When trying to describe what exactly I envision the magazine to be, I often joke with people that I aspire for Belt to be The New Yorker of the Rust Belt (except that I’m not really joking).
That observation made me wonder if there might not be something particularly “Shakespearean” about the Rust Belt, the arc of success and devastation, the clashing of all of those villainous characters during the Gilded Age and the nobility of those who resisted them, and the narrative culmination of the post-industrial landscape as blasted as Lear’s heath.
The center didn’t hold. Things fell apart. For the second time in its history, a faith was betrayed and the gates of Eden were soldered shut.
To walk through Frick Park – at least for me – is a pilgrimage into Milton's Paradise Lost, read not in words, lines, and stanzas, but rather rocks, trees, and water.
"I do appreciate titles that use the terrain instead of making their characters sit inside. I also enjoy titles that reveal the parts of our region that outsiders are unlikely to see, like Homewood, Butler, or old school, residential Oakland. Yinzers don't gaze down from Grandview Avenue all day like the movies would have you believe."
We've got more planned in the future, including a print anthology of Rust Belt poetry and the production of an original podcast about environmental calamities in our region, but none of this will be possible without your generous support.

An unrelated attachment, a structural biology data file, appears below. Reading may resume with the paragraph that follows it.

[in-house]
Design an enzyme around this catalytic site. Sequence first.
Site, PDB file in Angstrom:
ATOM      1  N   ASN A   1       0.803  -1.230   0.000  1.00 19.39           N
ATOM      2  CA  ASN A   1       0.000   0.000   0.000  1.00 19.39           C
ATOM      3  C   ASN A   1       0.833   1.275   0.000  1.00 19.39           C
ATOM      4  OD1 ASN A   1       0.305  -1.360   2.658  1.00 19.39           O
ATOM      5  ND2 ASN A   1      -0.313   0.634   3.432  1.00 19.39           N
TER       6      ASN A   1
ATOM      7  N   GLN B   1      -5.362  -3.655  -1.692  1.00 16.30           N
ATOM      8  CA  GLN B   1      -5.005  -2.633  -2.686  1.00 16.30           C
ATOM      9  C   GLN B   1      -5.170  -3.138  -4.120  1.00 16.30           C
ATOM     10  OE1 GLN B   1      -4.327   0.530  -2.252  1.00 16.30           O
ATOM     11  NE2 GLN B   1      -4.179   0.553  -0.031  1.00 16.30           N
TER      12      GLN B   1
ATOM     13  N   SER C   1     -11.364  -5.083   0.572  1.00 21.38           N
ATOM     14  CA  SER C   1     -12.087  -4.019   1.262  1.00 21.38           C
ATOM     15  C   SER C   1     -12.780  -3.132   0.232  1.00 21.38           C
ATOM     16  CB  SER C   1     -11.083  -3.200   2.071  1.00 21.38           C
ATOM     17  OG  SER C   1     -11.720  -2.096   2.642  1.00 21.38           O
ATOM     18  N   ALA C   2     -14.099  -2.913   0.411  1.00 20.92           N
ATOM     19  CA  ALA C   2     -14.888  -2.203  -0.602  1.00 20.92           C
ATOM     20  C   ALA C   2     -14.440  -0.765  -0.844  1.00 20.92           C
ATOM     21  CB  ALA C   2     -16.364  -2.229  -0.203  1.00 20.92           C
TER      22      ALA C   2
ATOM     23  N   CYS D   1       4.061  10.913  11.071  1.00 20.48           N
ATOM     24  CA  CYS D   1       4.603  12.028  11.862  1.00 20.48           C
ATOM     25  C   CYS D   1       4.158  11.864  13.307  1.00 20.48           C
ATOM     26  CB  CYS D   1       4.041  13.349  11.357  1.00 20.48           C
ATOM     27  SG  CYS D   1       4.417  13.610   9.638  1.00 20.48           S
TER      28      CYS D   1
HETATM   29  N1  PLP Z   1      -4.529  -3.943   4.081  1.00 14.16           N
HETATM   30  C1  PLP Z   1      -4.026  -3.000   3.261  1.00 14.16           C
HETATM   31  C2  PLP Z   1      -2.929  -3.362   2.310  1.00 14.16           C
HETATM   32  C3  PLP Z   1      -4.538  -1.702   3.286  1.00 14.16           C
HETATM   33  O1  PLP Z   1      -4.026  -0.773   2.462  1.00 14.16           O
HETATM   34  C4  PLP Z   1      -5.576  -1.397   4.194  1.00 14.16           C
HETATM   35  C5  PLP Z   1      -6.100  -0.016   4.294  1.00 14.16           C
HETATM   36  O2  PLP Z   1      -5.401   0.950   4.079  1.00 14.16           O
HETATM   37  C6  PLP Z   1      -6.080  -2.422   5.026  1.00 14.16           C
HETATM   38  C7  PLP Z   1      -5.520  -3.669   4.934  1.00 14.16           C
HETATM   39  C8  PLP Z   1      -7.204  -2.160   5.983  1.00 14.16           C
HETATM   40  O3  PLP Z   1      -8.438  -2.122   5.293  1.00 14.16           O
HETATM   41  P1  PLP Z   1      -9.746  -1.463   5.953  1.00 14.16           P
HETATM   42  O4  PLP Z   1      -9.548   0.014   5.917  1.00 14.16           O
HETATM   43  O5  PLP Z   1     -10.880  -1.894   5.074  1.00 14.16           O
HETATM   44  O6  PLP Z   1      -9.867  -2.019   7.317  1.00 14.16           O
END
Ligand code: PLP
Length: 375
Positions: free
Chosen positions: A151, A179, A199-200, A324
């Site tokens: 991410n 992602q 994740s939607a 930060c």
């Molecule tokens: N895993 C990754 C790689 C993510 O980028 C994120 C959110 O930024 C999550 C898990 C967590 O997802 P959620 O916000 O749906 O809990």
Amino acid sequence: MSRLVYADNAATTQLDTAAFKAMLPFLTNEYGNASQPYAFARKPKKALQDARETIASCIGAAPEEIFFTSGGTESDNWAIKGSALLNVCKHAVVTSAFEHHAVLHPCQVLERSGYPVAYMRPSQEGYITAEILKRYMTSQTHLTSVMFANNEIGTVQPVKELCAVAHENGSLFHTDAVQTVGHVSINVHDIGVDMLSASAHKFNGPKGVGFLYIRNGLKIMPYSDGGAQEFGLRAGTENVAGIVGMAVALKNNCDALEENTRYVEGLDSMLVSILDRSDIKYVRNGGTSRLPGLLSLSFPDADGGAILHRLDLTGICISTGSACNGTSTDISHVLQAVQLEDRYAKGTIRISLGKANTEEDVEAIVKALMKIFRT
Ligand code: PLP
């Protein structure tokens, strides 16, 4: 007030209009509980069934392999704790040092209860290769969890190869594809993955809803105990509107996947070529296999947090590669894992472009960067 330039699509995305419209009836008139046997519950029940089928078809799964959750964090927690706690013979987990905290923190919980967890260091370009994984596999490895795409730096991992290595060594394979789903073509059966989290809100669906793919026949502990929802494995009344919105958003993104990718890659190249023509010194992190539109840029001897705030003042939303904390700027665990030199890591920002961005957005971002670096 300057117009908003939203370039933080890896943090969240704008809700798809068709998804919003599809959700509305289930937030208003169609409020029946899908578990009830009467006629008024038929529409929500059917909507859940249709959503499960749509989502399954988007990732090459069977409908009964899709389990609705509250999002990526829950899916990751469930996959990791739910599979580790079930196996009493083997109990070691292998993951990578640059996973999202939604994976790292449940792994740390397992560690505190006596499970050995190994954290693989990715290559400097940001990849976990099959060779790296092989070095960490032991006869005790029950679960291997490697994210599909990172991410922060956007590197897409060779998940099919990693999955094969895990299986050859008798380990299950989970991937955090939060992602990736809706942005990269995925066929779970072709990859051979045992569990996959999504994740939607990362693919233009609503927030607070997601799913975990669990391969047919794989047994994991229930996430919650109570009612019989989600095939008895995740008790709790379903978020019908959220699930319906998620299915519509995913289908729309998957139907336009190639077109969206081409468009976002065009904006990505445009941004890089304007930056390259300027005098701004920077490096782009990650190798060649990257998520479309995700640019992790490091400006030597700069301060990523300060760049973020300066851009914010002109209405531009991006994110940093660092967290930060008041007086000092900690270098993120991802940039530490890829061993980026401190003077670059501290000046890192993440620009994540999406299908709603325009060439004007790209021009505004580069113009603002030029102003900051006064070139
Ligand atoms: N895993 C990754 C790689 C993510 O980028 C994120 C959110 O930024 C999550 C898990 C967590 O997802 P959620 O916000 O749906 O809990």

The mark of a brilliant idea, I would argue, is how jealous it makes you feel when you first learn about it. By that criterion, I was incredibly jealous of the organizers of the Rust Belt Humanities Lab.
A special in-person reading to celebrate Belt's Tenth Anniversary!
By Ed Simon This year, Belt Magazine has ranged over quite a lot of topics – the corner stores of [...]
"Folklore is living and breathing, always evolving, and part of contemporary life—the twist you add to an heirloom recipe, a lullaby sung to a child at bedtime, the in-jokes that emerge among families, the vocabulary unique to a particular occupation, the beloved foodways of a certain place, the meme altered and shared among friends."
Cooperative games don’t have to be cooperative just amongst players around a table, that cooperation can be the solidarity players feel (and act on) for workers.
In nineteenth-century upstate New York, demons came knocking.